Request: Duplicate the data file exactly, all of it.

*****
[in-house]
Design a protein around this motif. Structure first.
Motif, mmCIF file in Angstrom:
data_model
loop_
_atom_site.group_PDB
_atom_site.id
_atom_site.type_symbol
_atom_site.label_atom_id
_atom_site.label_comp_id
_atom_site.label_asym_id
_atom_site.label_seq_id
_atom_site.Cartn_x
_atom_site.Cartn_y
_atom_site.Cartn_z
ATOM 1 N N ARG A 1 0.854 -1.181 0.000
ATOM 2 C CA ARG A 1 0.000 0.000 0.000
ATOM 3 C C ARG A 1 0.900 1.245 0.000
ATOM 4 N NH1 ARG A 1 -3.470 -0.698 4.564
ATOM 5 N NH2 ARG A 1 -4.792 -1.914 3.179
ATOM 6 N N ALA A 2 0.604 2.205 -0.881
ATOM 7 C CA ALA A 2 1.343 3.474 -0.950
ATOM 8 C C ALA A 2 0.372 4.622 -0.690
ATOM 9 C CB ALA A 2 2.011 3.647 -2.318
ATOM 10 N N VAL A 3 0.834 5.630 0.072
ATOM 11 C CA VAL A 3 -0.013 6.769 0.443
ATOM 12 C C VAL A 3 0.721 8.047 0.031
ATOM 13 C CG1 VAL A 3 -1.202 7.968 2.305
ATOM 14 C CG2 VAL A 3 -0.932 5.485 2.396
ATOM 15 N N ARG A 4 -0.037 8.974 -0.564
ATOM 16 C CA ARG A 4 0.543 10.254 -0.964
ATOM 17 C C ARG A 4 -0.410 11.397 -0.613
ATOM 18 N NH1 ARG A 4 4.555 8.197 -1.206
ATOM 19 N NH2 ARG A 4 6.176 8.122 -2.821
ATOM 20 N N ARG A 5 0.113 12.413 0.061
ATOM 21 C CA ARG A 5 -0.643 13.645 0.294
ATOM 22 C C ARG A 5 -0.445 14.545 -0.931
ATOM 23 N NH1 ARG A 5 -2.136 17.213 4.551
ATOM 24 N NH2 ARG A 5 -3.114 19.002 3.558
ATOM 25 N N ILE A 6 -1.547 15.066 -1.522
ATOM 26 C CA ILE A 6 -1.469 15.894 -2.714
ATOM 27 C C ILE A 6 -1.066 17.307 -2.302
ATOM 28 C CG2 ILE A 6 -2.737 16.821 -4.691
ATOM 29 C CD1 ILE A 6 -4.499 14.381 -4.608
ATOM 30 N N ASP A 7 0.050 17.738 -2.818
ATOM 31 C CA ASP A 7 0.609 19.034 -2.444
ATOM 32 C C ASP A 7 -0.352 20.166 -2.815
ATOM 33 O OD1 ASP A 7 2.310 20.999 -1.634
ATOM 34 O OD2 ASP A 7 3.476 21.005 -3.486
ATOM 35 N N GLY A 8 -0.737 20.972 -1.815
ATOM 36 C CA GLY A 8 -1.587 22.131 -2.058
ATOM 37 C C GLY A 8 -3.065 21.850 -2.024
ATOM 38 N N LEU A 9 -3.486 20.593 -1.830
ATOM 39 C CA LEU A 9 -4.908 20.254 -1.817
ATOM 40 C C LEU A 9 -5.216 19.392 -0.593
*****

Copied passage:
[in-house]
Design a protein around this motif. Structure first.
Motif, mmCIF file in Angstrom:
data_model
loop_
_atom_site.group_PDB
_atom_site.id
_atom_site.type_symbol
_atom_site.label_atom_id
_atom_site.label_comp_id
_atom_site.label_asym_id
_atom_site.label_seq_id
_atom_site.Cartn_x
_atom_site.Cartn_y
_atom_site.Cartn_z
ATOM 1 N N ARG A 1 0.854 -1.181 0.000
ATOM 2 C CA ARG A 1 0.000 0.000 0.000
ATOM 3 C C ARG A 1 0.900 1.245 0.000
ATOM 4 N NH1 ARG A 1 -3.470 -0.698 4.564
ATOM 5 N NH2 ARG A 1 -4.792 -1.914 3.179
ATOM 6 N N ALA A 2 0.604 2.205 -0.881
ATOM 7 C CA ALA A 2 1.343 3.474 -0.950
ATOM 8 C C ALA A 2 0.372 4.622 -0.690
ATOM 9 C CB ALA A 2 2.011 3.647 -2.318
ATOM 10 N N VAL A 3 0.834 5.630 0.072
ATOM 11 C CA VAL A 3 -0.013 6.769 0.443
ATOM 12 C C VAL A 3 0.721 8.047 0.031
ATOM 13 C CG1 VAL A 3 -1.202 7.968 2.305
ATOM 14 C CG2 VAL A 3 -0.932 5.485 2.396
ATOM 15 N N ARG A 4 -0.037 8.974 -0.564
ATOM 16 C CA ARG A 4 0.543 10.254 -0.964
ATOM 17 C C ARG A 4 -0.410 11.397 -0.613
ATOM 18 N NH1 ARG A 4 4.555 8.197 -1.206
ATOM 19 N NH2 ARG A 4 6.176 8.122 -2.821
ATOM 20 N N ARG A 5 0.113 12.413 0.061
ATOM 21 C CA ARG A 5 -0.643 13.645 0.294
ATOM 22 C C ARG A 5 -0.445 14.545 -0.931
ATOM 23 N NH1 ARG A 5 -2.136 17.213 4.551
ATOM 24 N NH2 ARG A 5 -3.114 19.002 3.558
ATOM 25 N N ILE A 6 -1.547 15.066 -1.522
ATOM 26 C CA ILE A 6 -1.469 15.894 -2.714
ATOM 27 C C ILE A 6 -1.066 17.307 -2.302
ATOM 28 C CG2 ILE A 6 -2.737 16.821 -4.691
ATOM 29 C CD1 ILE A 6 -4.499 14.381 -4.608
ATOM 30 N N ASP A 7 0.050 17.738 -2.818
ATOM 31 C CA ASP A 7 0.609 19.034 -2.444
ATOM 32 C C ASP A 7 -0.352 20.166 -2.815
ATOM 33 O OD1 ASP A 7 2.310 20.999 -1.634
ATOM 34 O OD2 ASP A 7 3.476 21.005 -3.486
ATOM 35 N N GLY A 8 -0.737 20.972 -1.815
ATOM 36 C CA GLY A 8 -1.587 22.131 -2.058
ATOM 37 C C GLY A 8 -3.065 21.850 -2.024
ATOM 38 N N LEU A 9 -3.486 20.593 -1.830
ATOM 39 C CA LEU A 9 -4.908 20.254 -1.817
ATOM 40 C C LEU A 9 -5.216 19.392 -0.593